september 2014 by robertogreco
Writing the New Journalism: Creative Nonfiction | The Evergreen State College
"Writers have come to realize that the genre of nonfiction writing can be as colorful and gripping as any piece of fiction. The difference is that nonfiction writers are not burdened with inventing characters, dialogue, plot and description because everything they write about actually happened. Creative nonfiction writers assemble the facts and events and array them artistically and stylistically, using the descriptive techniques of the fiction writer. They immerse themselves in a venue, set about gathering their facts while demonstrating scrupulous accuracy, and then write an account of what happened in their own voice. The Greyhound Bus Company advertised “getting there is half the fun.” In the genre of creative nonfiction, getting there is all the fun because the reader already knows how the piece ends before it begins. Students will become proficient with the form through intensive fieldwork, research and writing.

We will begin by studying field research methodology in preparation for observational studies in the field designed to teach the difference between truly seeing and simply looking. Students can’t write and describe something they can’t see clearly.

Students will conduct field research to learn to pay attention to detail, read and discuss representative examples of the form, and meet weekly in regularly scheduled writing workshop. Following a period of redrafting and corrections, students will present their final piece to the group in the last week of the quarter.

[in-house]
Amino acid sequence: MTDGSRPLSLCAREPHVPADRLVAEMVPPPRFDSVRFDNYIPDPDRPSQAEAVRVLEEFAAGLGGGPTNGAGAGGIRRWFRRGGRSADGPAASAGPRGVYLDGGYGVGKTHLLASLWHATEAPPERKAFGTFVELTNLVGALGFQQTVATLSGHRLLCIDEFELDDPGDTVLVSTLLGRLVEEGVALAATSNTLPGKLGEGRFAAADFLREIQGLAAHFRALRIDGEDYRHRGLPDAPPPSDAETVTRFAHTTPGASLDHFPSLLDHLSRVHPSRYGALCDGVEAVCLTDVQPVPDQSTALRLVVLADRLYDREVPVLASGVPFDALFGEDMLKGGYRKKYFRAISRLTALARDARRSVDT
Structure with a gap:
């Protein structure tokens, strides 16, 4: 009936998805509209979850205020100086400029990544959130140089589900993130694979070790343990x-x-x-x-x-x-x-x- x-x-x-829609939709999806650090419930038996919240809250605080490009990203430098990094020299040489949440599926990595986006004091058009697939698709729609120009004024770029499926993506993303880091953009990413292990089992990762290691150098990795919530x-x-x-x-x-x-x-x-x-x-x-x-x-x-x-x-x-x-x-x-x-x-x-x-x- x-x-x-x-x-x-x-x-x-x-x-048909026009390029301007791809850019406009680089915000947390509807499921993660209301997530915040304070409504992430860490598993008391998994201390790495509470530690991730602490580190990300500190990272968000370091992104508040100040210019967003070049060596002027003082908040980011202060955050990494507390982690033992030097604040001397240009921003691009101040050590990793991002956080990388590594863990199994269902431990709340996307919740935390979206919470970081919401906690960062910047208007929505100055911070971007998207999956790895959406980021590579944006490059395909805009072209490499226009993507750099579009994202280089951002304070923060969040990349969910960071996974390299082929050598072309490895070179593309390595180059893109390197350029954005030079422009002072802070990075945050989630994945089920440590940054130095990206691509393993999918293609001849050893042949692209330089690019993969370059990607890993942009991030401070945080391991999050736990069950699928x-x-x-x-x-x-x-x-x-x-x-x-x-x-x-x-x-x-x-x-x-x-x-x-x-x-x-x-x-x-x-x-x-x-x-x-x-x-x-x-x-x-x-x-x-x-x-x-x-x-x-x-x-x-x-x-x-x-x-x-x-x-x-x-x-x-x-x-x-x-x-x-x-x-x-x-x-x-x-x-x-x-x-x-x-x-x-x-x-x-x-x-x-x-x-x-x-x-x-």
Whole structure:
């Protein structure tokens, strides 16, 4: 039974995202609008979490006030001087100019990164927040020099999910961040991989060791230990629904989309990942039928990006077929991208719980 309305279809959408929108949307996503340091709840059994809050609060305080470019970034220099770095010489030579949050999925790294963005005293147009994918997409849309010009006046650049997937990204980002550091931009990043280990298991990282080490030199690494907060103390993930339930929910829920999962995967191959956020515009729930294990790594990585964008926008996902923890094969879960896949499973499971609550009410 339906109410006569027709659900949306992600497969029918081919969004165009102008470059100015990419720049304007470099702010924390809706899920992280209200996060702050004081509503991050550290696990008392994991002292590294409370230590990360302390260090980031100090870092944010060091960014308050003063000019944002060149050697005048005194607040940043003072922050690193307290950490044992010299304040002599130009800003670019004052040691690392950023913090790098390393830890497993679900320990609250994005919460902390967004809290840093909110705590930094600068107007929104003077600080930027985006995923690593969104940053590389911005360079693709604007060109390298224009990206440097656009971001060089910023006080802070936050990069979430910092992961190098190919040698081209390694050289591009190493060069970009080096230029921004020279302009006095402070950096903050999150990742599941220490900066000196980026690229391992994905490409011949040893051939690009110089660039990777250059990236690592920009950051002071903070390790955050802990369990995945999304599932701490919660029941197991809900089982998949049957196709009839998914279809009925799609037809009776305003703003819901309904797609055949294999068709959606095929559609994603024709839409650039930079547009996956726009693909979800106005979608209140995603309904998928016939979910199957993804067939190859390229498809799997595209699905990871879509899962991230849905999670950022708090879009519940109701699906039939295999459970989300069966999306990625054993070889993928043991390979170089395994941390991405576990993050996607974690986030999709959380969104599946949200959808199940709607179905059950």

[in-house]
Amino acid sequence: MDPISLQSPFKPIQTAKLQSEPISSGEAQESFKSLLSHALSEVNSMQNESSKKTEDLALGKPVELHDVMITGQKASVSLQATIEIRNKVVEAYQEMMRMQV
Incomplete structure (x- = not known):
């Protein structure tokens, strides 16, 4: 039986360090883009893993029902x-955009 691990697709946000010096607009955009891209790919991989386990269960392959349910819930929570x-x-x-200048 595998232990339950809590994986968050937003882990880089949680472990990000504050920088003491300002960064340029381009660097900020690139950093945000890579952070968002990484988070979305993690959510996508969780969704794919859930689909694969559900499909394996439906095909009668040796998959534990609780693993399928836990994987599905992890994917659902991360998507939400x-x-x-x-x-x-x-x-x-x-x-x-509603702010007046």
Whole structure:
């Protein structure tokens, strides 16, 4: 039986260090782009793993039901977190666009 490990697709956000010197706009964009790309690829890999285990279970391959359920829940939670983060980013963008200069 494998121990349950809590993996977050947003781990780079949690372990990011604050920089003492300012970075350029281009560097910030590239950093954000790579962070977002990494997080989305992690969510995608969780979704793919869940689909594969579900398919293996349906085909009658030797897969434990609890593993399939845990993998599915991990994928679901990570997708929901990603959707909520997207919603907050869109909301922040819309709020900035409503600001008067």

We will read and discuss the following creative nonfiction books: Literary Journalism ed. by Sims & Kramer, Into the Wild by Jon Krakauer, Number Our Days by Barbara Myerhoff, Midnight in the Garden of Good & Evil by John Berendt, Have a Little Faith by Mitch Albom, Shadow Divers by Robert Kurson, and In Cold Blood by Truman Capote."
evergreenstatecollege  coursedescriptions  programdescriptions  2014  thomasfoote  writing  journalism  nonfiction  creativewriting  humanities 
september 2014 by robertogreco
It's About Time | The Evergreen State College
Quick—what time is it? Your answer probably comes from a smartphone that connects you instantly to information across the globe. New technologies drive new experiences of time and writers and artists respond to those new experiences with startling innovations in form and vision.

Through the critical study of art and literature, we will explore the experience of time in the modernist period—roughly defined as the first half of the 20th century. In those decades, airplanes, automobiles, telephones and radio sped up time and the modernists responded in kind. How did they experience time? How is this different from our own experience of it?